To attend the IBEX seminars, visitors can register for an individual, three-pack or full-conference pass. The full-conference pass includes seven seminars plus a panel called “Designing for Speed,” with Nigel Irens, Pete Melvin, Michael Peters, Michael Reardon and Donald Blount. A new feature this year is that attendees can select onsite which of the 58 seminars they would like to attend. Also new: Seminars are 45, 60, 90 or 120 minutes. Continuing education units are available for paid and verified participation at IBEX seminars, at one unit per one hour.

“The entire education conference has grown,” says Anne Dunbar, IBEX show director. “We will be offering two days of Super Sessions, and we are thrilled to launch a new Marina & Yard Pavilion Theater with workshops dedicated to that growing segment of the IBEX audience.” IBEX Super Sessions will take place on Sunday, Sept. 30 and on Monday, Oct. 1.

Tech Talk Workshops are exhibitor-run training sessions that begin every hour. There will be two workshop theaters: the Marina & Yard Pavilion Theater on the first-floor exhibit hall, sponsored by Tides Marine, and the Tech Talk Theater on the third floor, sponsored by West System and Pro-Set Epoxy.

At the seminar “What Does the Future Hold? How Today’s Global Trends Will Impact Your Business,” Correct Craft CEO Bill Yeargin will look ahead to the next 10 years. He will share what is driving current trends, how they will impact the industry and how attendees can make sure they and their companies are prepared.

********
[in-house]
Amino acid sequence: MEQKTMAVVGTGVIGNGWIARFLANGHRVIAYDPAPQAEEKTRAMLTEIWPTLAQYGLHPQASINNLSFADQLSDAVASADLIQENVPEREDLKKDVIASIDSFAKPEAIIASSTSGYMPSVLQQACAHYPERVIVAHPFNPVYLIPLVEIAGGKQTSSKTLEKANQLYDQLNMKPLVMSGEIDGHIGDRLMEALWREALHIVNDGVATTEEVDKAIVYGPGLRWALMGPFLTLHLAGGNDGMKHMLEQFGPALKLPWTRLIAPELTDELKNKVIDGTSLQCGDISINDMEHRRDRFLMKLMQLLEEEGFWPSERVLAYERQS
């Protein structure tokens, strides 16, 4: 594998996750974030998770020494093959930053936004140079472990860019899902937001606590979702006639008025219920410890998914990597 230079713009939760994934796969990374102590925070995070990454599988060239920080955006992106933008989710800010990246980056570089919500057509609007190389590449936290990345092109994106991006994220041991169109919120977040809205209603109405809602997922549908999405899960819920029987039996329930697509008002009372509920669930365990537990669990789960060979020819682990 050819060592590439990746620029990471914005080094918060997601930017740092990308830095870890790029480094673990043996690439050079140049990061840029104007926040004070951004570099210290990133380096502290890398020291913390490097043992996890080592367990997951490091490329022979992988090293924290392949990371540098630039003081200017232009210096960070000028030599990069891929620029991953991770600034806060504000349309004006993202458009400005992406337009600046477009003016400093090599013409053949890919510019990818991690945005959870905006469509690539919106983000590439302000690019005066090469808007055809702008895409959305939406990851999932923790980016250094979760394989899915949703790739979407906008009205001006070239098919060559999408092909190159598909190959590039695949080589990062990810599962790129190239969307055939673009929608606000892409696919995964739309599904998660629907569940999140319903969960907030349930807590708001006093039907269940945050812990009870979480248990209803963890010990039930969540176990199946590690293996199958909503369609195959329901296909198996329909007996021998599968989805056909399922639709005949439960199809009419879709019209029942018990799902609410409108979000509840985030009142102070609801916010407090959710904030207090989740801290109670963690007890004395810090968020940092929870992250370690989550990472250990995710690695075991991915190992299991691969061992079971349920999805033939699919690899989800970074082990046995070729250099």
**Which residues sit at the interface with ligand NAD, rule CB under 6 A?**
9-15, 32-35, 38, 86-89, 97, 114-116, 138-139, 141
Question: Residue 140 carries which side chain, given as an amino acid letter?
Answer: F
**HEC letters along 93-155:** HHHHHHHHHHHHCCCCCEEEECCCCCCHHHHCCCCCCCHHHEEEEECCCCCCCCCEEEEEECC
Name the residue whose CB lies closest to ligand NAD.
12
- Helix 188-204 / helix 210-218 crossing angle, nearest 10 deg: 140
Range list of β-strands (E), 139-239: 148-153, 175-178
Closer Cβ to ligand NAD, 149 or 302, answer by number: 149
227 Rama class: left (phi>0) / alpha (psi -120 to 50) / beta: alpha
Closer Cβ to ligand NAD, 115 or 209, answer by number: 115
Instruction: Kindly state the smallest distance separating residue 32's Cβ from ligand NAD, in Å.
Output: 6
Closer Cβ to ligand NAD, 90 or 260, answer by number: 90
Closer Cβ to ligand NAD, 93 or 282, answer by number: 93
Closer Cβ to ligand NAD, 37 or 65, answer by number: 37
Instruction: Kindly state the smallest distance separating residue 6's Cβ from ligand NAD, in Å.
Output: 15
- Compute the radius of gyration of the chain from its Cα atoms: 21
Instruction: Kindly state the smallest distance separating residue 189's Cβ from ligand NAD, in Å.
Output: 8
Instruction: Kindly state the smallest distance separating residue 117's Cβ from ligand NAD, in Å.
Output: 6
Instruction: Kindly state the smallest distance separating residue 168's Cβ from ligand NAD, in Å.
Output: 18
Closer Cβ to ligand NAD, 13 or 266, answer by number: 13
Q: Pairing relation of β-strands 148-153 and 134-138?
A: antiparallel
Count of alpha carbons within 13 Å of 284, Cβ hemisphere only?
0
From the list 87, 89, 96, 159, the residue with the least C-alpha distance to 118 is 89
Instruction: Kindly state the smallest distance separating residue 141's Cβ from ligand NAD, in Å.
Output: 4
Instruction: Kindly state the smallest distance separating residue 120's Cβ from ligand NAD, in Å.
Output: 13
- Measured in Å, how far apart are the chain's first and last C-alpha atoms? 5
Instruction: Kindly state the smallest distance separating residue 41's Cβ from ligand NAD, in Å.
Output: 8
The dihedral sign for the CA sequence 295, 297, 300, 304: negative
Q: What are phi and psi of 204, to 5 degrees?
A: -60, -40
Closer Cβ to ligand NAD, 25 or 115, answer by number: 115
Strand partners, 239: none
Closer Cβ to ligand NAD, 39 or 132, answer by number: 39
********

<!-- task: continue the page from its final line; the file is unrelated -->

Kicking off IBEX, the Industry Breakfast and Awards Ceremony will open at 7 a.m. on Oct. 2 in the main ballroom of the Tampa Marriott Waterside Hotel & Marina. The program begins at 7:30. Best-selling author, motivational business speaker and Forbes publisher Rich Karlgaard will deliver the keynote address. Preceding the keynote speech, NMMA president Thom Dammrich will address the more than 750 marine professionals who are expected to attend the breakfast, discussing the future of the industry with the theme “Recreational Boating in 2035.”

Several industry awards also will be presented, including the National Marine Representatives Association’s Mel Barr, Boating Industry Movers & Shakers, and IBEX Innovation awards. New this year is the International Boat Industry Export Excellence Award.